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Enter the Anthropocene : an epoch of time characterised by humans

By Mark Williams and Jan Zalasiewicz


In the first years of the 21st century Earth was being influenced by forces greater than\ud our own and yet as vulnerable. With infinite complacency men and women went to and\ud fro over this globe about their affairs, serene in their assurance of their empire over\ud matter. And yet, across the vastness of time Earth viewed the actions of people with\ud increasing despair. And slowly, but surely, she drew her plans against us…..\ud We have borrowed these words, with some poetic licence, from H.G. Wells’ late\ud Victorian science fiction spectacular The War of Worlds. Wells’ carefully crafted opening\ud salvo to his novel contains words prescient in the early 21st century as we face the\ud prospect of rapid change to our climate, and warns us about complacency in the belief of\ud our dominion over nature. Already in the late 19th century many scientists were\ud commenting on the extent of human influence on planet Earth. The Italian geologist\ud Antonio Stoppani (1873) was perhaps the first to moot these ideas. Later, as the 19th\ud century drew to a close the Swede Arrhenius and the American Chamberlain worked out\ud the relationship between the amount of CO2 in the atmosphere and global warming.\ud Arrhenius suggested that future generations of humans would need to raise surface\ud temperatures to provide new areas of agricultural land and thus feed a growing\ud population. But he could not have conceived of the massive rate of human population\ud increase in the 20th century. In 2002 the Nobel Prize winning scientist Paul Crutzen\ud resurrected the concept of the Anthropocene to denote the ever increasing influence of\ud humans on Earth. The word has now entered the scientific literature as a vivid expression\ud of the degree of environmental change on planet Earth caused by humans (Zalasiewicz et\ud al. 2008 and references therein).\ud For the Anthropocene to become useful though, it needs some quantification.\ud How might an Anthropocene Epoch be unique relative to the Holocene or the Pleistocene epochs that preceded it? What criteria could we use to quantify when the Anthropocene\ud began, and how might future generations of geologists recognise its signal in the rock\ud record? More importantly though, does the term Anthropocene help us to understand the\ud influence of humans on our world and how that affects the environment of the near\ud future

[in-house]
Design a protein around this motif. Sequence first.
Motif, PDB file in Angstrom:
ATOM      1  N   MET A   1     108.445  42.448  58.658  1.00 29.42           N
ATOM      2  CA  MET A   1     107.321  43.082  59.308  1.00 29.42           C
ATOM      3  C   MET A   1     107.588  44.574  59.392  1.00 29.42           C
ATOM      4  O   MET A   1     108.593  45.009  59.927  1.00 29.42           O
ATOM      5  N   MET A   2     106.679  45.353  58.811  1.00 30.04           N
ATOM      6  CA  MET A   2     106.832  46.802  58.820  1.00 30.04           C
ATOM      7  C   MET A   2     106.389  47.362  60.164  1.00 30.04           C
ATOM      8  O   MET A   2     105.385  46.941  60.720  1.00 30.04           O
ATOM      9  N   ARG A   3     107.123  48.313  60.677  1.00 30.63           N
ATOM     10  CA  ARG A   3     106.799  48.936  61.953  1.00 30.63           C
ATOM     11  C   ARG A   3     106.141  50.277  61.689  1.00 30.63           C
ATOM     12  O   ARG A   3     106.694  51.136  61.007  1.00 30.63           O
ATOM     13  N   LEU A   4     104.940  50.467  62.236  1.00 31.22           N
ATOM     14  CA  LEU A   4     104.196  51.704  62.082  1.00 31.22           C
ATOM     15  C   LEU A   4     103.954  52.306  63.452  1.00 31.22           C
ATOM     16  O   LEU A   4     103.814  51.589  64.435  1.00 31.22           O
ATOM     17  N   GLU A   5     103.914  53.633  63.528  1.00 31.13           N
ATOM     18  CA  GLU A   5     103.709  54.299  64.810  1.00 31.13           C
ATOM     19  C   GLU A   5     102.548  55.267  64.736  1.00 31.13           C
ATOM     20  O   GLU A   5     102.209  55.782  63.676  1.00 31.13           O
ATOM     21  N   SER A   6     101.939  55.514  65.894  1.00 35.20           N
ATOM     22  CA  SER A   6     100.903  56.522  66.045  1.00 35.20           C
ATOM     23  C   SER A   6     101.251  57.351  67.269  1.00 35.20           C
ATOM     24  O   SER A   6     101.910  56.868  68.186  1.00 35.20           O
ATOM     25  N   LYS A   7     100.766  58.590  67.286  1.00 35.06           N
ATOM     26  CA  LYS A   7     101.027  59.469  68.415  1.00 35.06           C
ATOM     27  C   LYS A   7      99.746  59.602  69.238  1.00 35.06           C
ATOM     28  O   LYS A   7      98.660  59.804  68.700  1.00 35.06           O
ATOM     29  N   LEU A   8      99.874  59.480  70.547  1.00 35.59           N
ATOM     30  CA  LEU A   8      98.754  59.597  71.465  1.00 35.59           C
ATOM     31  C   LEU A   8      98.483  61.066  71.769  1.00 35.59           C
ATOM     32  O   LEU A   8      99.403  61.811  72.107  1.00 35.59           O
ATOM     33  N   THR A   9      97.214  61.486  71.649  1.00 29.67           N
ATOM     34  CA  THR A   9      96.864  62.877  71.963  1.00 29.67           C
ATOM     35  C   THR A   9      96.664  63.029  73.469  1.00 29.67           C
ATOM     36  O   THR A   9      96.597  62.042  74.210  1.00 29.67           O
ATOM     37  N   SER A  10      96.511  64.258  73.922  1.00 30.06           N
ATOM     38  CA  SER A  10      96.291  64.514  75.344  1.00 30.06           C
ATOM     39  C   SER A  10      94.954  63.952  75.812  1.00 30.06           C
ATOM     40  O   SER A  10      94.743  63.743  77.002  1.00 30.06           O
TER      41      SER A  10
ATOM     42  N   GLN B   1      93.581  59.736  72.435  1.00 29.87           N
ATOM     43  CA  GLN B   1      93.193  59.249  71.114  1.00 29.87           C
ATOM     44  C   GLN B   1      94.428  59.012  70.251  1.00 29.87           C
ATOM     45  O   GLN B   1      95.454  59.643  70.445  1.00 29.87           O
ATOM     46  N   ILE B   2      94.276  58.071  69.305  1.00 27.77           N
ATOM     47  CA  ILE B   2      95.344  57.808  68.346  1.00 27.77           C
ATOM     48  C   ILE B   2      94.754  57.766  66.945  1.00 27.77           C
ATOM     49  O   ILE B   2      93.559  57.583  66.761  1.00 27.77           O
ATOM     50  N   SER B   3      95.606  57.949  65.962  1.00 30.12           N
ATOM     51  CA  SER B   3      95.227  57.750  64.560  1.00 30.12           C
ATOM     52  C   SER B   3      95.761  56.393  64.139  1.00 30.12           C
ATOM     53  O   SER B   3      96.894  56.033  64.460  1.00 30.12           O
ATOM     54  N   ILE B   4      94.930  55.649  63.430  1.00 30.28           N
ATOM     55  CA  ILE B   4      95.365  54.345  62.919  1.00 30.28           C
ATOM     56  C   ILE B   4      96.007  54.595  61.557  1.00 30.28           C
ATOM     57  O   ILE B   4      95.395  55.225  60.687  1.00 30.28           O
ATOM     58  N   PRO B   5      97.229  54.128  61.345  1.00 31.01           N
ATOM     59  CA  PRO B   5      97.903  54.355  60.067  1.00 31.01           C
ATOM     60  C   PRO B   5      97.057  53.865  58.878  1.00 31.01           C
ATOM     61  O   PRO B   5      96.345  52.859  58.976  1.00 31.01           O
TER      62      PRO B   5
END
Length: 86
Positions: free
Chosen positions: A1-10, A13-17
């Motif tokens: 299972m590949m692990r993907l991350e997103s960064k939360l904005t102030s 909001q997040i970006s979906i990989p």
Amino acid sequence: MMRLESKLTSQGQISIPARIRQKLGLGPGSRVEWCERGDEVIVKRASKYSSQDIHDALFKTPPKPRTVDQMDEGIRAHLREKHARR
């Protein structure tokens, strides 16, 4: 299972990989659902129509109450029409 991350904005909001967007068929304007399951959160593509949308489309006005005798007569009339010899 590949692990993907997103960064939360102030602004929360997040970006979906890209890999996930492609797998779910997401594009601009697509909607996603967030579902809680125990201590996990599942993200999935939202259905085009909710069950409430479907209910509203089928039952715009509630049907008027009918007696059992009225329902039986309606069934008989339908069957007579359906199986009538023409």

Topics: Earth Sciences
Publisher: Open University
Year: 2009
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